ELF Pre-amplifier circuit design:
Updated on Jan 7, 2017.


Pre-amplifier circuit


ELF Amplifier Circuit
It is shown built on a Modular IC BREADBOARD SOCKET. No soldering required this way so it is easy to build.

This circuit is sensitive enough to detect cars and trucks going on a road up to 100 feet away, when used with our ELF Antennas, STORMWISE Part MU22-01H-15H-BC or MU22-005-10H-BC.

The circuit also will detect local earthquakes, and geomagnetic storms.

Uses common standard parts values, parts are available from Radio Shack or other electronic part stores.

Study all the photos and the above circuit diagram carefully. There is more than enough info on this page to aid you in a successful build that will work from the first try.

If your data logger instrument is not sensitive enough in the ELF range, then you can add the extra gain required by using a simple two transistor pre amplifier.

Just want to detect the big quake that affects your area? Then don't use any magnet in your seismograph. The ground motion through earth's magnetic field will be enough for detection of local ground motion.

Connect any data logging millivolt meter or oscilloscope to the output of this ELF Amplifier to see extremely slow waveforms. See www.dataq.com for PC data logging instruments. If you want to see clear seismic waveforms below 1 Hz you need a 13 bit or higher resolution data logger. The 8 bit or 10 bit units make slow seismic waveforms look like static.

If using the DATAQ PC recording software, set sample rate at 20 samples per second. This gives excellent waveform resolution at 10 Hz and lower. Set chart scroll rate (chart compression) at 5 seconds per division.

Parts list: All parts are available from Radio Shack Stores, except for the Seismograph Antenna.

Parts list tested and optimised for both listed transistor parts.

Antenna: STORMWISE Part MU22-01H-15H-BC or MU22-005H-10H-BC.

2 and 1/8 inch Modular IC BREADBOARD SOCKET (base with holes circuit is built on) Radio Shack Catalog number 276-003.

JUMPER WIRE KIT: Radio Shack catalog number 276-173. Color coded wire kit for use with above socket.


Q1 = 2N3904 or 2N4401 NPN transistor.
Q2 = 2N3904 or 2N4401 NPN transistor.

IMPORTANT NOTE: Test each transistor's hFE value with a transistor tester, hFE gain value must be greater than 200, but not greater than 300. If greater than 300 then you will find that some transistor junction flicker noise (random ELF waves below 0.5 Hz) may be introduced by the transistor itself.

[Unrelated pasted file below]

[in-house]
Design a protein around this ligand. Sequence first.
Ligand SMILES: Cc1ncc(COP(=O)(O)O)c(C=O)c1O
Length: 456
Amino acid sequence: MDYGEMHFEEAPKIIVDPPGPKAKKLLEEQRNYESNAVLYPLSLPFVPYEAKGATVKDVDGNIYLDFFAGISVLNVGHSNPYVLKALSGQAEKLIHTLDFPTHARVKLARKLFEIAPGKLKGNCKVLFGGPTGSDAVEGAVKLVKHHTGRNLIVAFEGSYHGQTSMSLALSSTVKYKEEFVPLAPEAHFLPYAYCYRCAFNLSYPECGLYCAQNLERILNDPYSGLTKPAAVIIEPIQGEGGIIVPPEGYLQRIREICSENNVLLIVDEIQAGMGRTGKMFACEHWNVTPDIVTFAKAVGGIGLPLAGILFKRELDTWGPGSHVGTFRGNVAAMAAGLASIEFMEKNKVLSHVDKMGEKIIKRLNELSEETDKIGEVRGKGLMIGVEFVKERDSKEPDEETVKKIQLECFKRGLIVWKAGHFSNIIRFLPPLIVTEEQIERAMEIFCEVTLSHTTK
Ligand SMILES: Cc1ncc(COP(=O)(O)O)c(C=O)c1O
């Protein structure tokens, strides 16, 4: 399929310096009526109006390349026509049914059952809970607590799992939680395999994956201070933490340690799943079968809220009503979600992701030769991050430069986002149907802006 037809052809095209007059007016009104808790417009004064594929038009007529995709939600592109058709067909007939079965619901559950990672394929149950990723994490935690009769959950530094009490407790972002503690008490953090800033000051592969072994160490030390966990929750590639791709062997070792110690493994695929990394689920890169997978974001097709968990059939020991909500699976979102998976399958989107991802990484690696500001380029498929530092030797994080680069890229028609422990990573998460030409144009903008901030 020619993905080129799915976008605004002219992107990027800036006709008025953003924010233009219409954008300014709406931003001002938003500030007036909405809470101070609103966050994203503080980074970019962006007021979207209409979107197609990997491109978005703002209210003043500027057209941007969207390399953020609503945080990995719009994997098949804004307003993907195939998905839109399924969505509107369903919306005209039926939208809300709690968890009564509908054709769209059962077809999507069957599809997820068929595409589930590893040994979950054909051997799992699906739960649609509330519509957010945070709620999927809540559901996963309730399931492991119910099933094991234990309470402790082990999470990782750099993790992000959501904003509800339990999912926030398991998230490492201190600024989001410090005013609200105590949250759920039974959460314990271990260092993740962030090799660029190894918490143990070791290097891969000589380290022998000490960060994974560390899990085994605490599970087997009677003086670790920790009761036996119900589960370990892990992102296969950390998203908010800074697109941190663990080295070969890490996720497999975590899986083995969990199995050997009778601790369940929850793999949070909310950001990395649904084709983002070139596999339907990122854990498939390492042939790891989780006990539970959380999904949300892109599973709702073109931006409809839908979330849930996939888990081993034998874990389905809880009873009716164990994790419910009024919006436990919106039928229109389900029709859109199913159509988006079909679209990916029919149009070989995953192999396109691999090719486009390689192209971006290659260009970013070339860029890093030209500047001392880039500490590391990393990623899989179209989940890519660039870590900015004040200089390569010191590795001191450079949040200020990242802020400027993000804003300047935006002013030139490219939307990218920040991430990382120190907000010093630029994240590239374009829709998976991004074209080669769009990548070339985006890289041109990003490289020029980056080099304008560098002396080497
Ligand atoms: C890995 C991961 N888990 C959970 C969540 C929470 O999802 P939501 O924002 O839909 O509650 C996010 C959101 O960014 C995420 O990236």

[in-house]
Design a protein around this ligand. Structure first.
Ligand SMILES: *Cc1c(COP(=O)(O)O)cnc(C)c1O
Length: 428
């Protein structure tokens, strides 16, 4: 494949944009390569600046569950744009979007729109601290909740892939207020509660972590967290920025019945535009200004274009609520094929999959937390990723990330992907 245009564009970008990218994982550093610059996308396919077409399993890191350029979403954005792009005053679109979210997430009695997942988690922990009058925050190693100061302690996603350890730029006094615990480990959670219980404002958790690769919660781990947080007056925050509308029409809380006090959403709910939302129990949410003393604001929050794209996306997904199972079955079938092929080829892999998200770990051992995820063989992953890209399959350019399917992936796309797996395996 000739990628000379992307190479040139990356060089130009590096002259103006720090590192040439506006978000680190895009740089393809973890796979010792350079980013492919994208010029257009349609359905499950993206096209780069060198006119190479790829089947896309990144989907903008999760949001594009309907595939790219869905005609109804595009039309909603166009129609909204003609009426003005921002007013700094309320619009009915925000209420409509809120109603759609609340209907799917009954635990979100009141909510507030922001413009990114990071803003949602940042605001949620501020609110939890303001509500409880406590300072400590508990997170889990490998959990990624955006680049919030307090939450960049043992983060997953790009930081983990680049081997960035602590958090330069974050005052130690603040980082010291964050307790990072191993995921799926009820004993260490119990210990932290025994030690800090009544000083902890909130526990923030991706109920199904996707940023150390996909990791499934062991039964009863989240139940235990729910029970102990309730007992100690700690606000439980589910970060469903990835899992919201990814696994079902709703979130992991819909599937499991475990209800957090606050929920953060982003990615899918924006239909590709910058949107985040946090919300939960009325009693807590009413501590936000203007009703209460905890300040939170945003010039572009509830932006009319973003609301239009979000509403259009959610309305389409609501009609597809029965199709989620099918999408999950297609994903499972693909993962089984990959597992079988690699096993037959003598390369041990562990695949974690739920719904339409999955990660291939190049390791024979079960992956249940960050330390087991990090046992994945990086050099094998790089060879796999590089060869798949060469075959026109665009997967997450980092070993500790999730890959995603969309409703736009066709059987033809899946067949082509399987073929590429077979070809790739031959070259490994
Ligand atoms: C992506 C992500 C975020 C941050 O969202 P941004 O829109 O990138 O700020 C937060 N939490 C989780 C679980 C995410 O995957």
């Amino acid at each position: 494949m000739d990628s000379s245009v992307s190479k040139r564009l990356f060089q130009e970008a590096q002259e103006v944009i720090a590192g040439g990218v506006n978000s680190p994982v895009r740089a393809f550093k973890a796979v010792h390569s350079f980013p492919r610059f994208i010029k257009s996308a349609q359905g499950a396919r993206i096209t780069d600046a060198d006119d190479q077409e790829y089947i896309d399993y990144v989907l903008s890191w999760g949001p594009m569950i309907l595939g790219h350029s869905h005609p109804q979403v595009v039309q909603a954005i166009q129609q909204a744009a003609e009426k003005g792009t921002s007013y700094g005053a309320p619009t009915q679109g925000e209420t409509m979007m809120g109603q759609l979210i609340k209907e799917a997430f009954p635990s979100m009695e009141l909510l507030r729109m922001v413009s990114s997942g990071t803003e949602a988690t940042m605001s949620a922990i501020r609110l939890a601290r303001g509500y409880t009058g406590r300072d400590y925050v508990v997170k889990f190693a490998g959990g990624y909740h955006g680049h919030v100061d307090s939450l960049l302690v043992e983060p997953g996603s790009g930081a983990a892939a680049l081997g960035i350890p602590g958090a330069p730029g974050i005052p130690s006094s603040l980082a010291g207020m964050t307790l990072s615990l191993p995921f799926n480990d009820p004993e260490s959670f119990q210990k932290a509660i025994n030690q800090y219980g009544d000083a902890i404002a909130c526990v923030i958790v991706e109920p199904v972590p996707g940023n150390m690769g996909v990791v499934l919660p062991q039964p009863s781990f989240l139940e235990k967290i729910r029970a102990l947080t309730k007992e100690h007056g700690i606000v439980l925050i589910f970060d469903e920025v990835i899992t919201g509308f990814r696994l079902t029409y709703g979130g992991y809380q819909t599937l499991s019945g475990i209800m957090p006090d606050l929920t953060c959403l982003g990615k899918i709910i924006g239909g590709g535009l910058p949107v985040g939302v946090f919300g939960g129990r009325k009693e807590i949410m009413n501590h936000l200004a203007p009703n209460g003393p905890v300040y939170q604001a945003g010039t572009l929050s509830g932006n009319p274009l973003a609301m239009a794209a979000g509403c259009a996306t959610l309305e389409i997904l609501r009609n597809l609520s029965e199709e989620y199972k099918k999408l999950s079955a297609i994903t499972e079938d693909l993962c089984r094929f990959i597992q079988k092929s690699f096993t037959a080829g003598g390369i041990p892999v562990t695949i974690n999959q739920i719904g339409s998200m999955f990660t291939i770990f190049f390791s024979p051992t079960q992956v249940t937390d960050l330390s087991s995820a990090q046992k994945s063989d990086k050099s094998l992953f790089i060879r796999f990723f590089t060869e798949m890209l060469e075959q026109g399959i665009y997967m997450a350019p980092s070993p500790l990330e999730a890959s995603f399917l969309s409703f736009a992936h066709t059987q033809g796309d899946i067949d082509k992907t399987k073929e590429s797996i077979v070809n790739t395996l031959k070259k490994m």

IMPORTANT NOTE: With the pre-amplifier circuit working and placed in a box to keep air currents off of the transistors, and the antenna connections shorted with a jumper wire you should see only a solid flat line on your screen or chart recorder. There should be no wiggles in the line when the antenna is shorted with a jumper. You should consider NPN transistors with hFE gains above 300 as 'defective' for use in this seismograph application.

NOTE: An inexpensive Multi-Test Meter (Radio Shack has these) can be used to test transistors, some models feature a transistor hFE gain test function.


D1 = 1N914 or 1N4148 silicon diode. (protects input transistor from negative static discharge). Wire polarity like shown.
D2 = 1N914 or 1N4148 silicon diode. (protects input transistor from positive static discharge). Wire polarity like shown.
R1 = 1 Meg-ohm resistor.
R2 = 1 K-ohm resistor.
R3 = 1 Meg-ohm resistor.
R4 = 10 K-ohm resistor.
R5 = 1 Meg-ohm resistor.
R6 = 10 K-ohm resistor.
R7 = 47 K-ohm resistor.

Electrolytic capacitors have a voltage polarity marked on them. It is important to install them correctly or else circuit will not work.
C1 = 10 uF Also see tuning info for the ELF antenna.
C2 = 220 uF electrolytic capacitor.
C3 = 0.22 uF polyester film capacitor. (limits the high frequency response to 10 Hz by using negative feedback).
C4 = 1000 uF electrolytic capacitor.
C5 = 0.22 uF polyester film capacitor. (limits the high frequency response to 10 Hz by using negative feedback).
C6 = 4700 uF electrolytic capacitor.
C7 = 1000 uF electrolytic capacitor. (Prevents scratchy contact noise from battery leads and random impulse noise from battery discharge process).

NOTE: C3 and C5 values shown limit the high frequency response of the circuit. This prevents power line hum from being detected, as well as RFI. Value shown 0.22 uF cuts off at 10 Hz. An 0.1 uF capacitor will move the cut off up to 20 Hz. 0.047 uF will move it up to 40 Hz.


ELF Amplifier Circuit


ELF Amplifier Circuit design.

Click Here for More Photos of the ELF amplifier.